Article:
Thursday, August 13, 2015

When dog bites person (or the confessions of an ambivalent dog sympathizer)

This morning I set off on my usual morning walk, at the quiet and beautifully cloudy hour of 6 a.m. and took my usual route, along a street I have walked on many times before, at different times of the day. Listening to one of my favourite podcast series, I must have had a silly smile on my face as I walked past a tight group of three dogs sitting (in what seemed to be a peaceable manner) in just off the road in a space that would have normally counted as a sidewalk. Quite mindful of the proverbial advice to let sleeping dogs lie I made sure to give them a wide berth as I walked past, thinking to myself that the large white female in the middle looked like she was happily pregnant. All of a sudden, the female dog began barking loudly and rushed at me, and before I knew what was happening, she clamped her jaw on my shin even as one of her two companions ran ahead barking and lunging at me from the front. I managed to shake her off and walk away quickly and fortunately they hung back, continuing to bark but not pursuing me beyond a couple of yards.

I don't make any claim to bravery, but I found myself strangely calm, even unperturbed by the whole event. I checked my leg and found that she had indeed drawn blood, and there were clear teeth marks apart from one long tear in the skin. But I went ahead and completed my usual 45 minute circuit while continuing to listen to my podcast (which, incidentally, was about Killer Robots!) and possibly continuing, to smile foolishly (a matter of perspective of course) from time to time at the anchor's macabre humour.

The dogs were clearly being territorial, and felt threatened possibly because I looked at them (perhaps had not encountered a benevolent gaze and so interpreted all human looks as malicious). I had learned in the past year from a friend and colleague, ardent animal rights activist and dog lover, about the politics of dog life on the street and the complex dynamics of the human-animal interaction (better termed as conflict). I had found that my attitude to dogs on the street, and my understanding of the realities of their lives had opened up considerably because of the long conversations with my friend, and reading about the wonderful work some others are doing to make life bearable for street animals.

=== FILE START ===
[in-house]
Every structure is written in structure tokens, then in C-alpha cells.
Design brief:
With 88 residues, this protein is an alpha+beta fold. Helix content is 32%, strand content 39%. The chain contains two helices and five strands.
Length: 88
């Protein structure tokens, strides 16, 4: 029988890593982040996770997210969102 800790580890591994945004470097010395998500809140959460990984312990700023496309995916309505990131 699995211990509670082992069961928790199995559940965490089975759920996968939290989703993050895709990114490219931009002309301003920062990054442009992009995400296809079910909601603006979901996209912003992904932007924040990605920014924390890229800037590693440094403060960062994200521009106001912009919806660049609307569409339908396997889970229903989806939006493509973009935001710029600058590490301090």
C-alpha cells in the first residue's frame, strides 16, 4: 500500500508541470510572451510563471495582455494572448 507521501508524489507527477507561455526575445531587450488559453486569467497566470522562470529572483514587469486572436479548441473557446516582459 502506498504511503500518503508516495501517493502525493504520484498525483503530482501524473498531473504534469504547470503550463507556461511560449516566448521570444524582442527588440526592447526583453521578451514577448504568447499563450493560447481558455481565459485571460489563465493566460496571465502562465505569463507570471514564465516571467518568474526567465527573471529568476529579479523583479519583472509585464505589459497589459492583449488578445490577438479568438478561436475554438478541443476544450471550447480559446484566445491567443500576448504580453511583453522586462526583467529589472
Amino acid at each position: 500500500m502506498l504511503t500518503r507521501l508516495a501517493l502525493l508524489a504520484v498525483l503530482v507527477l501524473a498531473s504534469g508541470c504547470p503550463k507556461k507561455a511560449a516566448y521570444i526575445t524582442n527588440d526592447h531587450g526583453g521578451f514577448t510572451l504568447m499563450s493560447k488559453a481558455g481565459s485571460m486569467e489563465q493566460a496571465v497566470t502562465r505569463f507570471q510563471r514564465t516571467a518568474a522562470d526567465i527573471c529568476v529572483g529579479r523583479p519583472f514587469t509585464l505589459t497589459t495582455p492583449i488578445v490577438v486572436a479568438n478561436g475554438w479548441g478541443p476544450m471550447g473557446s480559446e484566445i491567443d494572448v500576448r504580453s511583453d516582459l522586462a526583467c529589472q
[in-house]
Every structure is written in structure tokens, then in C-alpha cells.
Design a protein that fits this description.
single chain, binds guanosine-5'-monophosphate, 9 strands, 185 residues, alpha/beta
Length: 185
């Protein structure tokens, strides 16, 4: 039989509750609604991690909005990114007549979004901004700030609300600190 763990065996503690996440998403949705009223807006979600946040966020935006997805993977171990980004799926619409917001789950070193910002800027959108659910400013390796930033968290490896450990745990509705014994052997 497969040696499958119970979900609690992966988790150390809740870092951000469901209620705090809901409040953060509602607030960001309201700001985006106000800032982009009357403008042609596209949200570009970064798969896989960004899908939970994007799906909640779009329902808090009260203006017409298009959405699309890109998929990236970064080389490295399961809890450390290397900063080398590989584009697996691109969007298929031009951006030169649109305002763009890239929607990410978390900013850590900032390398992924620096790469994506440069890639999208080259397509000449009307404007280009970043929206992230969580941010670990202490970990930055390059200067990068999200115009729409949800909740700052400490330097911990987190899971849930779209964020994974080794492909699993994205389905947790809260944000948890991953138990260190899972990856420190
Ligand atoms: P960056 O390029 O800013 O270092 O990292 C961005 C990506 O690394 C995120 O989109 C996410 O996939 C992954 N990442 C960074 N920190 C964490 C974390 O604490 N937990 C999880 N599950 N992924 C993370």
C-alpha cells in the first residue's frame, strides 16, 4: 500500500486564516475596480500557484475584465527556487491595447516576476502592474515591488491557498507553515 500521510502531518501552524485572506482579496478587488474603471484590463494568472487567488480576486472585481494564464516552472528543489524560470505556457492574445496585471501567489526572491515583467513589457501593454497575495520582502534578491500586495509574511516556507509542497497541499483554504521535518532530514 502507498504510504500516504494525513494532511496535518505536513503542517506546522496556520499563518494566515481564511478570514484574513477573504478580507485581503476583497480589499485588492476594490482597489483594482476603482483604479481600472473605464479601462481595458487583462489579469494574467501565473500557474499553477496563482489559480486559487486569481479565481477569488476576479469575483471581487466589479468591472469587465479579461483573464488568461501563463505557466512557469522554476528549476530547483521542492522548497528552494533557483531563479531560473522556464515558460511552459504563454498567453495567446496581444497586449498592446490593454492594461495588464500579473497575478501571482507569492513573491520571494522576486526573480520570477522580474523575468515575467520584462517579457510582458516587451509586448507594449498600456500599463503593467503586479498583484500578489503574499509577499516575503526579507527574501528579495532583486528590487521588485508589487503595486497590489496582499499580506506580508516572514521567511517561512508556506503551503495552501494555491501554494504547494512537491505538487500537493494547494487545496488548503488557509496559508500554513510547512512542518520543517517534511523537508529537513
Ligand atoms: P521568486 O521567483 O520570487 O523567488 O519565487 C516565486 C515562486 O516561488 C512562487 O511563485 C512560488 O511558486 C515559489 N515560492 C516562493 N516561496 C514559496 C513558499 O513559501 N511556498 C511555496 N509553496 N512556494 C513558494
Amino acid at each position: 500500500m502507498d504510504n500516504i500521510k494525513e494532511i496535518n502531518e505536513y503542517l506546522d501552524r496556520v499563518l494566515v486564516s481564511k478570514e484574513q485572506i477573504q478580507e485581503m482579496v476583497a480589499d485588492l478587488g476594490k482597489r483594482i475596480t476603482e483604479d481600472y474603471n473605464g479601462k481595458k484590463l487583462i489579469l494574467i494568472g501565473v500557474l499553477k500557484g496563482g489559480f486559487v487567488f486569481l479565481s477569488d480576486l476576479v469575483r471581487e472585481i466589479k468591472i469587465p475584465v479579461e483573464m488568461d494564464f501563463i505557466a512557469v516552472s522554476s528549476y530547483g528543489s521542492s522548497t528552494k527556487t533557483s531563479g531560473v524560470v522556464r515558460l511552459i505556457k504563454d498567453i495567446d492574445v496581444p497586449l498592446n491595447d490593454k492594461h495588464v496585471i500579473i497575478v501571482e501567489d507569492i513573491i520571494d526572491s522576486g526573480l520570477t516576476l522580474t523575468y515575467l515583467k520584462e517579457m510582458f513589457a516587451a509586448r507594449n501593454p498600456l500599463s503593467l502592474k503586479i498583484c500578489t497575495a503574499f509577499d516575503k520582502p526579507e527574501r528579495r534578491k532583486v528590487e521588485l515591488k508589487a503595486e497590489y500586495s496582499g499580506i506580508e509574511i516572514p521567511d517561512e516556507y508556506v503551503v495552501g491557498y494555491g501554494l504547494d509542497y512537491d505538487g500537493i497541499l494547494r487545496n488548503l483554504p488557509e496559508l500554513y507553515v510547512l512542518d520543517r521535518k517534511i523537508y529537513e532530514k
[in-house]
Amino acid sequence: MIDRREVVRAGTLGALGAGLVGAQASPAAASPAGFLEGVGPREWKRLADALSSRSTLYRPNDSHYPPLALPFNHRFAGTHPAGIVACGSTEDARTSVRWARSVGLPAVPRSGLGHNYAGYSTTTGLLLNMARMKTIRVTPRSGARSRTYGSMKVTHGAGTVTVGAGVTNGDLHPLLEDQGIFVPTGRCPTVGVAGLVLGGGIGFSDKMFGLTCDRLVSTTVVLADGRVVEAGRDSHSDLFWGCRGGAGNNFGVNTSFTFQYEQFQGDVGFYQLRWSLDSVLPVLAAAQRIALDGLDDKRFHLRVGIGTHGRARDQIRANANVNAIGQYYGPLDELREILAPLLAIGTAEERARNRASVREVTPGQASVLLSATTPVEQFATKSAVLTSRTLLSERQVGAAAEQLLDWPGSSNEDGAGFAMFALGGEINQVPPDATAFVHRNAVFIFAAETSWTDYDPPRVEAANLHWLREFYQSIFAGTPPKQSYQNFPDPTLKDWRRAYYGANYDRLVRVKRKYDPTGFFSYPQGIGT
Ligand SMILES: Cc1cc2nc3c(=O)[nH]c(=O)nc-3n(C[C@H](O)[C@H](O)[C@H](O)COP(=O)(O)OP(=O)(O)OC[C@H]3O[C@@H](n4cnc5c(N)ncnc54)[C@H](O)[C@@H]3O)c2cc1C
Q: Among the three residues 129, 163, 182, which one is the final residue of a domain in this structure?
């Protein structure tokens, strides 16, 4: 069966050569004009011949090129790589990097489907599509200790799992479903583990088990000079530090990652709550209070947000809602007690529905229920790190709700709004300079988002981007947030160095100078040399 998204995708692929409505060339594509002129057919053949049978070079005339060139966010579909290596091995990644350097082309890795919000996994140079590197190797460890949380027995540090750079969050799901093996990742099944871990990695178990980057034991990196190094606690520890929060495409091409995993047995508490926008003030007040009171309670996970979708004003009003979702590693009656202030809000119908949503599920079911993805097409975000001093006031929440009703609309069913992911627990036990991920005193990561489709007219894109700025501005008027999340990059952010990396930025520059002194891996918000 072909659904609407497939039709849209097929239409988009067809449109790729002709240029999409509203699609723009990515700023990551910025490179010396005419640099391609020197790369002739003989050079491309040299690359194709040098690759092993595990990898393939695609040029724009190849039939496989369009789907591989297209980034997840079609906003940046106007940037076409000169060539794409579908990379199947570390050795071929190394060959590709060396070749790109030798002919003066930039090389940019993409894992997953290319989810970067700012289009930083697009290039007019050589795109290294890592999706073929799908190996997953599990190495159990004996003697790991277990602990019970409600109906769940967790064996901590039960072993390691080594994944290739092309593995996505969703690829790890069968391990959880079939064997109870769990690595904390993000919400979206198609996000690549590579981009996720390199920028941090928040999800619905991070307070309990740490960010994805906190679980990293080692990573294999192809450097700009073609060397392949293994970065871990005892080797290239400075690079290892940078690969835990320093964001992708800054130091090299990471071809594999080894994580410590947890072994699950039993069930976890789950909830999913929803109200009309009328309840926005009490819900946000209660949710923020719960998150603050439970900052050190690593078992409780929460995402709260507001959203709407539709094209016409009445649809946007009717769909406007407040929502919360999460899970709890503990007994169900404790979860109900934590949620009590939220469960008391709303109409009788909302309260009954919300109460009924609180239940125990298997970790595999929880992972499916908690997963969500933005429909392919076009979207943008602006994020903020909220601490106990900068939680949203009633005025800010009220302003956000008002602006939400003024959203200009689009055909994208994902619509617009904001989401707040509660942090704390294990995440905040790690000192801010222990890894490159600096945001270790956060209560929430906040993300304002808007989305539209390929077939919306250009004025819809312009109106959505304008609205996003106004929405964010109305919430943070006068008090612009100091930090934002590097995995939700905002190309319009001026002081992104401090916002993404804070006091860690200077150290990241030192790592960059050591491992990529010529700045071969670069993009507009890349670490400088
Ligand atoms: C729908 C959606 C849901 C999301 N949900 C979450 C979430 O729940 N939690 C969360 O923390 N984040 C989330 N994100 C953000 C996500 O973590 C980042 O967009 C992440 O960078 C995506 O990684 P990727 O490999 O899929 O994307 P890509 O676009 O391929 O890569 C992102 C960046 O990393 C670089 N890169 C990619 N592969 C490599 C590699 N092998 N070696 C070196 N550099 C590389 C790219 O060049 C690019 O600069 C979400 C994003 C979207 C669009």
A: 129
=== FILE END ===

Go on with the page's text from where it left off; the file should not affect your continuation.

Strangely enough, I felt neither neither anger at the dogs nor fear, only a bit of perplexity and some wondering about how one could avoid such situations. And yes, my leg did hurt a bit.

When I spoke about it to others, reactions varied from "see, this is the problem with street dogs--they've become a menace" to advice about how I should protect myself the next time around. Animal rights is a hugely divisive issue, I am told, and the protective instincts of those around me tended to veer towards a huge animosity toward the dogs. But as my friend said, that's tantamount to labeling and marginalising an entire community because of the actions of a few (or one).

Many of us have been bitten by dogs, and what I encountered this morning is by no means unique or even excessively traumatic (my injuries were minor and all I need to do is take the five shots). I am not an animal activist, although (like most people) I am fond of some dogs and cats and I am happy to support such activism from afar. But I also do understand the annoyance people when packs of dogs roam a colony and make it difficult for the elderly or young children to use the street freely. I admit I am confused at times. But I can't get away from the fact that there is seems to be something hypocritical in professing compassion for humans without an attendant sympathy/compassion for other animals.

No easy solutions, I know, and the biggest problem is the mindset that sees the planet as the domain (and dominion) of a single species--human beings. As our cities grow bigger and eat into habitats that used to house other animals, we need to think seriously about how we can share our spaces with other (by and large friendly) species in a way that is safe and pleasant for all of us.

This morning, one of the reasons I did not panic and bolt (and possibly avoided upsetting the dogs further and inviting meaner reactions) was because of the opening up of the conversation in my own head about the complexities of living on the street. It's hard for me to look at the dogs and not wonder about their lives, their everyday scrounging for food and water, their battles for survival in the face of odds weighted so heavily against them. Being bitten is NOT a pleasant experience. But neither can it be pleasant to constantly be on guard, to not know who means well and who doesn't. For both of us.

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